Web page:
yourself as you will ; you M^ill at last find, that it is hard
kicking against the pricks. In the mean time, how are you
able to injure us ? You will call us hereticks. Where ?
Among those, for instance, who hold you as a heretick,
and at this very moment expose your falsehoods. Among
the pious and the learned, I fear no injury from your
reproaches. They see all these thmgs in that light, in
which I would have you receive them, and call them
to mind before that God vvhose presence you begin to
acknowledge. And T beseech you do not meditate your de-
fence by the condemnation of that injustice in others, for
which you want not only a foundation, but even a pretext.
If you will still persevere in this way, I shall be satisfied.
I would not, by any means, have you cast away all hope and
courage. For if you Avill exhibit to us the true and sub-
stantial index of a right mind, we are sincerely prepared to
have you return immediately into our favour, and have afl
things buried, forgiven and erased wholly from the memo*
ry. I wish you were able, Caroli, to inspect my breast ;
for there is nothing I more desire, than that you should iu
the first place be reconciled to God, that a lasting union
might be formed lietween us. But, believe me, you will ne«
ver acceptably serve the Lord, unless you lay aside your
haughtiness and bitterness of tongue. If you have then a
mind to return into favour with us, we are prepared to em-
brace you, and to render you every office of kindness in our
power. But mq are not able to enter into that compact
which you demand ; for how shall we at this time promise
you a Church ? In the first place, you know, that Churches
are not at our disposal ; besides, with what conscience should
wc promise tliat to you, l^efore it is evident, that we agree



in doctrine. You do not dissemble but that as yet you dif-
fer from us ; and yet you would have us designate a place
for you as a teacher. Weigh, yourself, the extreme impro-
priety of this. Were we to be so obsequious to you, you
would correctly judge us to Ije something more than stupid.
But to conclude, I beseech you to examine thorouglily the
whole cause, by yourself, with a composed and sedate mind,
and weigh this letter in the scales of candid and impartial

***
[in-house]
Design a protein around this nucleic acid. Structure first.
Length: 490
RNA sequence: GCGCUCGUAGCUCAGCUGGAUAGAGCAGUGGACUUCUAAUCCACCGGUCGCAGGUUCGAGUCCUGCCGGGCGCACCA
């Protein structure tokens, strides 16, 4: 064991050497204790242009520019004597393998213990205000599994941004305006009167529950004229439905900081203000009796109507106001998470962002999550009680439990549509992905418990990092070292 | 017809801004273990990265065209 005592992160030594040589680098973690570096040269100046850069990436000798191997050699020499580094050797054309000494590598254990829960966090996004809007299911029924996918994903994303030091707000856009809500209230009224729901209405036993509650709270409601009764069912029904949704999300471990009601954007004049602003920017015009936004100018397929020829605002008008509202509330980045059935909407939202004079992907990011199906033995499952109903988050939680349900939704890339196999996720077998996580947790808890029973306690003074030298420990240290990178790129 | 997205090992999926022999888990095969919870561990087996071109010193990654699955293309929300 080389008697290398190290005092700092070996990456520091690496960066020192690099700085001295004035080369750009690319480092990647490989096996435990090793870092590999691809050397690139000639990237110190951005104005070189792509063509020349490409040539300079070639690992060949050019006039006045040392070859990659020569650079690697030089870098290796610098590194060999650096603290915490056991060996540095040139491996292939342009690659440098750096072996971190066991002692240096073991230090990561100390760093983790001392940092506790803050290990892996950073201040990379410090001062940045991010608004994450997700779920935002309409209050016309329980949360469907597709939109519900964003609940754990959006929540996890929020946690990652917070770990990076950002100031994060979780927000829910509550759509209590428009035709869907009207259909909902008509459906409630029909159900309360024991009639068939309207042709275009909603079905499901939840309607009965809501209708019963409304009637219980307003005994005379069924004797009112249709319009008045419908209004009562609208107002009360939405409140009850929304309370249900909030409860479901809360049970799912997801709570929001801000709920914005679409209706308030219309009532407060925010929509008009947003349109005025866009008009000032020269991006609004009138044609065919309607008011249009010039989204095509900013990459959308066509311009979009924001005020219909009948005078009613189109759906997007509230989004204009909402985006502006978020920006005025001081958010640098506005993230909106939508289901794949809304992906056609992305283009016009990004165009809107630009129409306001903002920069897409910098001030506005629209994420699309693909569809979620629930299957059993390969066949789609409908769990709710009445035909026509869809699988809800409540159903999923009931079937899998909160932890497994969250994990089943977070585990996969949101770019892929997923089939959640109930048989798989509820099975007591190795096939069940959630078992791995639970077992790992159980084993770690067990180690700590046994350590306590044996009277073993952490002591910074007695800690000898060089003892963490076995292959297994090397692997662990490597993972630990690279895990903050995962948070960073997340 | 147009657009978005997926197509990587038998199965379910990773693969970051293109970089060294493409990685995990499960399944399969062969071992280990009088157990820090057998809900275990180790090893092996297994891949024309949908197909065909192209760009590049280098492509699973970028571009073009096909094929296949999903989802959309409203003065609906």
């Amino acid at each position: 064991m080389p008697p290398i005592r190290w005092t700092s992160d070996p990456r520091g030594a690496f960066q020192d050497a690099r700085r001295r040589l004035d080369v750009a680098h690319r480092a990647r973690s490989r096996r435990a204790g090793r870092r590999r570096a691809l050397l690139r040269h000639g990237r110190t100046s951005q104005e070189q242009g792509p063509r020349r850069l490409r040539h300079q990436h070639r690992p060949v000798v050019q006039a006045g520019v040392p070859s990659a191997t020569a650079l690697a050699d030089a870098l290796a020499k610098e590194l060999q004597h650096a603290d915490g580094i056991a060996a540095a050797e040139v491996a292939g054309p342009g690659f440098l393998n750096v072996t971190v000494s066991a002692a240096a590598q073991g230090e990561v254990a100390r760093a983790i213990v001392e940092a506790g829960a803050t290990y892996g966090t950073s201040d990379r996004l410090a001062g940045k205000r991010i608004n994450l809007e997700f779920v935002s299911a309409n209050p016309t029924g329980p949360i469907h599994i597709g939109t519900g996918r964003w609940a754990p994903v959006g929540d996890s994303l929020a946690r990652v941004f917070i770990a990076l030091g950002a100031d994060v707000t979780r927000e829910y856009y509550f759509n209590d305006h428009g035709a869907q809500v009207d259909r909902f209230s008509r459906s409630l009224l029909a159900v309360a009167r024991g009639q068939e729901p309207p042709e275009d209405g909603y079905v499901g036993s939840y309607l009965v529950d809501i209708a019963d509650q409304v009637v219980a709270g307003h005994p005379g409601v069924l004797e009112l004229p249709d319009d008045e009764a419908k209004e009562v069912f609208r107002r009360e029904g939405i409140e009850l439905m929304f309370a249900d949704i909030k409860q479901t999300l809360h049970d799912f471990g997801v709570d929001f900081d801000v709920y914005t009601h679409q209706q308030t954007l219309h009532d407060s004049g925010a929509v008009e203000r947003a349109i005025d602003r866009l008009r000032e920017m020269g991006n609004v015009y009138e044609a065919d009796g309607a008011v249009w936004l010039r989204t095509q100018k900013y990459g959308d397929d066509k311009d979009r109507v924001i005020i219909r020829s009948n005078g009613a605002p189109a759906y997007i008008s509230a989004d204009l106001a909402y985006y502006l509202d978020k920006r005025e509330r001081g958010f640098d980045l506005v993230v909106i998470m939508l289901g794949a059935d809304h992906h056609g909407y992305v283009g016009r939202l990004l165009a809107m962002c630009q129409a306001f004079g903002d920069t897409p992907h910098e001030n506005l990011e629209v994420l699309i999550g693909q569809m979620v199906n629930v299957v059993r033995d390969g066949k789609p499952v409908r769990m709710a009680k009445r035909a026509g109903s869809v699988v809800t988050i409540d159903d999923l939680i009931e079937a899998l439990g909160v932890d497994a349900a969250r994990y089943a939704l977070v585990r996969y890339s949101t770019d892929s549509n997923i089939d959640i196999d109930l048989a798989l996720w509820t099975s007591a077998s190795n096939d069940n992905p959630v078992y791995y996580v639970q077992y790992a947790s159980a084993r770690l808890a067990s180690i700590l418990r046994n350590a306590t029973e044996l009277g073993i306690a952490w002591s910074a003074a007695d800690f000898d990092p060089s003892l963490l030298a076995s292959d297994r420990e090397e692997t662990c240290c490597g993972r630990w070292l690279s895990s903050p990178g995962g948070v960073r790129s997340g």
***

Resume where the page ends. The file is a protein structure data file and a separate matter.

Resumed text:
judgment. You certainly know, that it is the highest wis-
dom to turn from the evil course into which you have en-
tered. If you will make the experiment, no office of friend-
sliip shall be wanting to you, when restored, from me, and
Farel seriously promises the same for himself. You will re-
member, that the charity which you so severely demand of
others, must be shewn, in some measure, towards others. If
I seem to be somewhat too severe, think what your letter
deserves. I mention this only to profit you ; what I have
written, is for the purpose of calling up your sins to your
remembrance. Farewell, my brother in the Lord, if you
suffer yourself to be esteemed and to hold the place of a bro-
ther. The Lord Jesus Christ guide you by the spirit of
counsel and prudence, that from tliose dangerous rocks,
against which you have broken, and that tempestuous sea on
which you are tossed, j^ou may be received safe into the
haven of rest.

Your sincere friend, JOHN C ALAIN.

Strasburg, August 10, 1540.

P. S. Farel bids you to Ije in health, and wishes that you
may be sincerely converted to the Lord, and so may you
be prepared to return to our friendship and fraternal union,
as we ourselves arc prepared to embrace you.

348 LIFE OF CALVIN. jdetters.


Calvin to Farel.

I am so overwlielmed, by the death of Coraud, that I can-
not put any limits to my sorrow. My daily occupations,
have no power to retain my mind from recurring to the event,
and revolving constantly the impressive thought. The dis-
tracting impulses of the day are followed by the more tortur-
ing anguish of the night. I am not only troubled with
dreams, to Avhich I am inured by habit, but I am greatly en-
feebled by those restless watchings, which are extremely in-
jurious to my health. But what wounds my mind so deeply,
is the heinousness of the circumstances, if the suspicions are
true, and I am forced, in opposition to my wishes, to give
them some credit. To what length, will posterity go, when
such monstrous things are perpetrated in the very commence-
ment of our labours. I fear, and not without reason, that
this wickedness will be shortly punished by some dreadful
calamity of the Church. It is in fact no small token of di-
vine displeasure, which w^e now experience, that amidst the
scarcity of good men, the Church should be deprived of Co-
raud, whose talents and piety placed him among the first of
that character. Shall we not then, my brother, mourn this
distressing calamity, and be in bitterness under the chastise-
ment of our Father ? But however oppressed with grief we
still have the light of consolation, springing up from those tes-